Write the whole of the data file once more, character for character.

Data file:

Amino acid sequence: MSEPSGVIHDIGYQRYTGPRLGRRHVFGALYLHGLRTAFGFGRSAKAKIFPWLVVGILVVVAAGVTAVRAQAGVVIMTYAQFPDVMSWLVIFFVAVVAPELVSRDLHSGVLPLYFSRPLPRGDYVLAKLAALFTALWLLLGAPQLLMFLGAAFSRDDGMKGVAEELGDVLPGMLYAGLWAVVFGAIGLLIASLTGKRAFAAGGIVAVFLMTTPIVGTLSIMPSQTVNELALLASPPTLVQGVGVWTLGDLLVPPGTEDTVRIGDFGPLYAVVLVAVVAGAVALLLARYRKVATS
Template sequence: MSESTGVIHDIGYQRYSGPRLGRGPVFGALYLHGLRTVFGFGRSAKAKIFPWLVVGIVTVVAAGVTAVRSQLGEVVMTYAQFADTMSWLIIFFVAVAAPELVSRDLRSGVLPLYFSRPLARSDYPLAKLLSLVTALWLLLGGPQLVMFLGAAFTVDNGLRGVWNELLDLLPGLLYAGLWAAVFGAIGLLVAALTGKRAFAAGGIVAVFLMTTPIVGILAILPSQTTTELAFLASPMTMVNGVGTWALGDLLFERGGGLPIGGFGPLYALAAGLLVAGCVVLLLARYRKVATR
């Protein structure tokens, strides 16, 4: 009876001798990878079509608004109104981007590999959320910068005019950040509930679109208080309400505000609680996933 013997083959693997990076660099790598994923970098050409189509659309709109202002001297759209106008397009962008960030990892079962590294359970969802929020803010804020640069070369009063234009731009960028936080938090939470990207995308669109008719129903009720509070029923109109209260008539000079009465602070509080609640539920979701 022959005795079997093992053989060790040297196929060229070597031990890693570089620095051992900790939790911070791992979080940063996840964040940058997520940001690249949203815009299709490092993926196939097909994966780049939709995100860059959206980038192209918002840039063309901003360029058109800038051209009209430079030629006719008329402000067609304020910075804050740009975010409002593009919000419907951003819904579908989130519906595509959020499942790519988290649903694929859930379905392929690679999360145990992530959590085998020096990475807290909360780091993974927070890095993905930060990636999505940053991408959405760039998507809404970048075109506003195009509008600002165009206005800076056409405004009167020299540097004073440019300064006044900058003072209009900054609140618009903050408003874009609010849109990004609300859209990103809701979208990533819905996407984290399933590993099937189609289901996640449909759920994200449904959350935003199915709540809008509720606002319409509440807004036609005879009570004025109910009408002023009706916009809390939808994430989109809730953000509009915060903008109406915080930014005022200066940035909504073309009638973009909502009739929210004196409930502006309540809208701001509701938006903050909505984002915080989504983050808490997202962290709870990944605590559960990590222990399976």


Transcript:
Amino acid sequence: MSEPSGVIHDIGYQRYTGPRLGRRHVFGALYLHGLRTAFGFGRSAKAKIFPWLVVGILVVVAAGVTAVRAQAGVVIMTYAQFPDVMSWLVIFFVAVVAPELVSRDLHSGVLPLYFSRPLPRGDYVLAKLAALFTALWLLLGAPQLLMFLGAAFSRDDGMKGVAEELGDVLPGMLYAGLWAVVFGAIGLLIASLTGKRAFAAGGIVAVFLMTTPIVGTLSIMPSQTVNELALLASPPTLVQGVGVWTLGDLLVPPGTEDTVRIGDFGPLYAVVLVAVVAGAVALLLARYRKVATS
Template sequence: MSESTGVIHDIGYQRYSGPRLGRGPVFGALYLHGLRTVFGFGRSAKAKIFPWLVVGIVTVVAAGVTAVRSQLGEVVMTYAQFADTMSWLIIFFVAVAAPELVSRDLRSGVLPLYFSRPLARSDYPLAKLLSLVTALWLLLGGPQLVMFLGAAFTVDNGLRGVWNELLDLLPGLLYAGLWAAVFGAIGLLVAALTGKRAFAAGGIVAVFLMTTPIVGILAILPSQTTTELAFLASPMTMVNGVGTWALGDLLFERGGGLPIGGFGPLYALAAGLLVAGCVVLLLARYRKVATR
């Protein structure tokens, strides 16, 4: 009876001798990878079509608004109104981007590999959320910068005019950040509930679109208080309400505000609680996933 013997083959693997990076660099790598994923970098050409189509659309709109202002001297759209106008397009962008960030990892079962590294359970969802929020803010804020640069070369009063234009731009960028936080938090939470990207995308669109008719129903009720509070029923109109209260008539000079009465602070509080609640539920979701 022959005795079997093992053989060790040297196929060229070597031990890693570089620095051992900790939790911070791992979080940063996840964040940058997520940001690249949203815009299709490092993926196939097909994966780049939709995100860059959206980038192209918002840039063309901003360029058109800038051209009209430079030629006719008329402000067609304020910075804050740009975010409002593009919000419907951003819904579908989130519906595509959020499942790519988290649903694929859930379905392929690679999360145990992530959590085998020096990475807290909360780091993974927070890095993905930060990636999505940053991408959405760039998507809404970048075109506003195009509008600002165009206005800076056409405004009167020299540097004073440019300064006044900058003072209009900054609140618009903050408003874009609010849109990004609300859209990103809701979208990533819905996407984290399933590993099937189609289901996640449909759920994200449904959350935003199915709540809008509720606002319409509440807004036609005879009570004025109910009408002023009706916009809390939808994430989109809730953000509009915060903008109406915080930014005022200066940035909504073309009638973009909502009739929210004196409930502006309540809208701001509701938006903050909505984002915080989504983050808490997202962290709870990944605590559960990590222990399976």